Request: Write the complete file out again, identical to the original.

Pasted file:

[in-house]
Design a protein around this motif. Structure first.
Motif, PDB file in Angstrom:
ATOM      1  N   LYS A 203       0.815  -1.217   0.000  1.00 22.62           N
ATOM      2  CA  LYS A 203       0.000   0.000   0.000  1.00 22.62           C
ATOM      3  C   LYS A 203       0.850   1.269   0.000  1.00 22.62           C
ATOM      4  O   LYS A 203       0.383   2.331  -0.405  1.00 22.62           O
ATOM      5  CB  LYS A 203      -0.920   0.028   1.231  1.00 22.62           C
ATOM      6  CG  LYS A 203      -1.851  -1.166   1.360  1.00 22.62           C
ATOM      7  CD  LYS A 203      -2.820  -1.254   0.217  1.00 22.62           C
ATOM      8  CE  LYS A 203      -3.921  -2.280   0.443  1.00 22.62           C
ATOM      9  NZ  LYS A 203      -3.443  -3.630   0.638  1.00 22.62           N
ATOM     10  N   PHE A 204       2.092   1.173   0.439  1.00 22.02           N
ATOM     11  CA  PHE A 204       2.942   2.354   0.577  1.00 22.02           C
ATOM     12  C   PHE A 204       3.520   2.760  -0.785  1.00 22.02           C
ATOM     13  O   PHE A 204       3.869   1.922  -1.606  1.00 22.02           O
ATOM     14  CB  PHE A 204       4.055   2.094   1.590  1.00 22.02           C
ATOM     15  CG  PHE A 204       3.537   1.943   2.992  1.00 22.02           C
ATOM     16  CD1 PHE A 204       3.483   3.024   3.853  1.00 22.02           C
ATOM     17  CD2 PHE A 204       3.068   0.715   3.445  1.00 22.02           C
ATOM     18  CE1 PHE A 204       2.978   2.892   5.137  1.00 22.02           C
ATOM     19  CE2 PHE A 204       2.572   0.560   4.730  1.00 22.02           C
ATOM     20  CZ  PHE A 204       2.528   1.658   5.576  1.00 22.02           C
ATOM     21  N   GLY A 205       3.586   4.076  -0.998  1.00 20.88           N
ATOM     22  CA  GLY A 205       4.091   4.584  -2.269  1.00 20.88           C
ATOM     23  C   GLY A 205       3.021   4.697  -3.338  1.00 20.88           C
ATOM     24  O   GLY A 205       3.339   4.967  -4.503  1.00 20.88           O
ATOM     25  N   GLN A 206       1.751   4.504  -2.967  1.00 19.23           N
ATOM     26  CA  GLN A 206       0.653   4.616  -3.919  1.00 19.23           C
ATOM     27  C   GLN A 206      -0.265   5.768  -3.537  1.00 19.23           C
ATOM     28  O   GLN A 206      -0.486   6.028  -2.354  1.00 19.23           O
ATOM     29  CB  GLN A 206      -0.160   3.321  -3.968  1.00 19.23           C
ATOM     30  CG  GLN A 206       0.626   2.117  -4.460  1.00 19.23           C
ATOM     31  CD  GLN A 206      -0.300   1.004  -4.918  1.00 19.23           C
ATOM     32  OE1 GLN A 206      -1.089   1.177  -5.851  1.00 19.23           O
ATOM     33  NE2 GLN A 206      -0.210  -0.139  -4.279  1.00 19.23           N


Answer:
[in-house]
Design a protein around this motif. Structure first.
Motif, PDB file in Angstrom:
ATOM      1  N   LYS A 203       0.815  -1.217   0.000  1.00 22.62           N
ATOM      2  CA  LYS A 203       0.000   0.000   0.000  1.00 22.62           C
ATOM      3  C   LYS A 203       0.850   1.269   0.000  1.00 22.62           C
ATOM      4  O   LYS A 203       0.383   2.331  -0.405  1.00 22.62           O
ATOM      5  CB  LYS A 203      -0.920   0.028   1.231  1.00 22.62           C
ATOM      6  CG  LYS A 203      -1.851  -1.166   1.360  1.00 22.62           C
ATOM      7  CD  LYS A 203      -2.820  -1.254   0.217  1.00 22.62           C
ATOM      8  CE  LYS A 203      -3.921  -2.280   0.443  1.00 22.62           C
ATOM      9  NZ  LYS A 203      -3.443  -3.630   0.638  1.00 22.62           N
ATOM     10  N   PHE A 204       2.092   1.173   0.439  1.00 22.02           N
ATOM     11  CA  PHE A 204       2.942   2.354   0.577  1.00 22.02           C
ATOM     12  C   PHE A 204       3.520   2.760  -0.785  1.00 22.02           C
ATOM     13  O   PHE A 204       3.869   1.922  -1.606  1.00 22.02           O
ATOM     14  CB  PHE A 204       4.055   2.094   1.590  1.00 22.02           C
ATOM     15  CG  PHE A 204       3.537   1.943   2.992  1.00 22.02           C
ATOM     16  CD1 PHE A 204       3.483   3.024   3.853  1.00 22.02           C
ATOM     17  CD2 PHE A 204       3.068   0.715   3.445  1.00 22.02           C
ATOM     18  CE1 PHE A 204       2.978   2.892   5.137  1.00 22.02           C
ATOM     19  CE2 PHE A 204       2.572   0.560   4.730  1.00 22.02           C
ATOM     20  CZ  PHE A 204       2.528   1.658   5.576  1.00 22.02           C
ATOM     21  N   GLY A 205       3.586   4.076  -0.998  1.00 20.88           N
ATOM     22  CA  GLY A 205       4.091   4.584  -2.269  1.00 20.88           C
ATOM     23  C   GLY A 205       3.021   4.697  -3.338  1.00 20.88           C
ATOM     24  O   GLY A 205       3.339   4.967  -4.503  1.00 20.88           O
ATOM     25  N   GLN A 206       1.751   4.504  -2.967  1.00 19.23           N
ATOM     26  CA  GLN A 206       0.653   4.616  -3.919  1.00 19.23           C
ATOM     27  C   GLN A 206      -0.265   5.768  -3.537  1.00 19.23           C
ATOM     28  O   GLN A 206      -0.486   6.028  -2.354  1.00 19.23           O
ATOM     29  CB  GLN A 206      -0.160   3.321  -3.968  1.00 19.23           C
ATOM     30  CG  GLN A 206       0.626   2.117  -4.460  1.00 19.23           C
ATOM     31  CD  GLN A 206      -0.300   1.004  -4.918  1.00 19.23           C
ATOM     32  OE1 GLN A 206      -1.089   1.177  -5.851  1.00 19.23           O
ATOM     33  NE2 GLN A 206      -0.210  -0.139  -4.279  1.00 19.23           N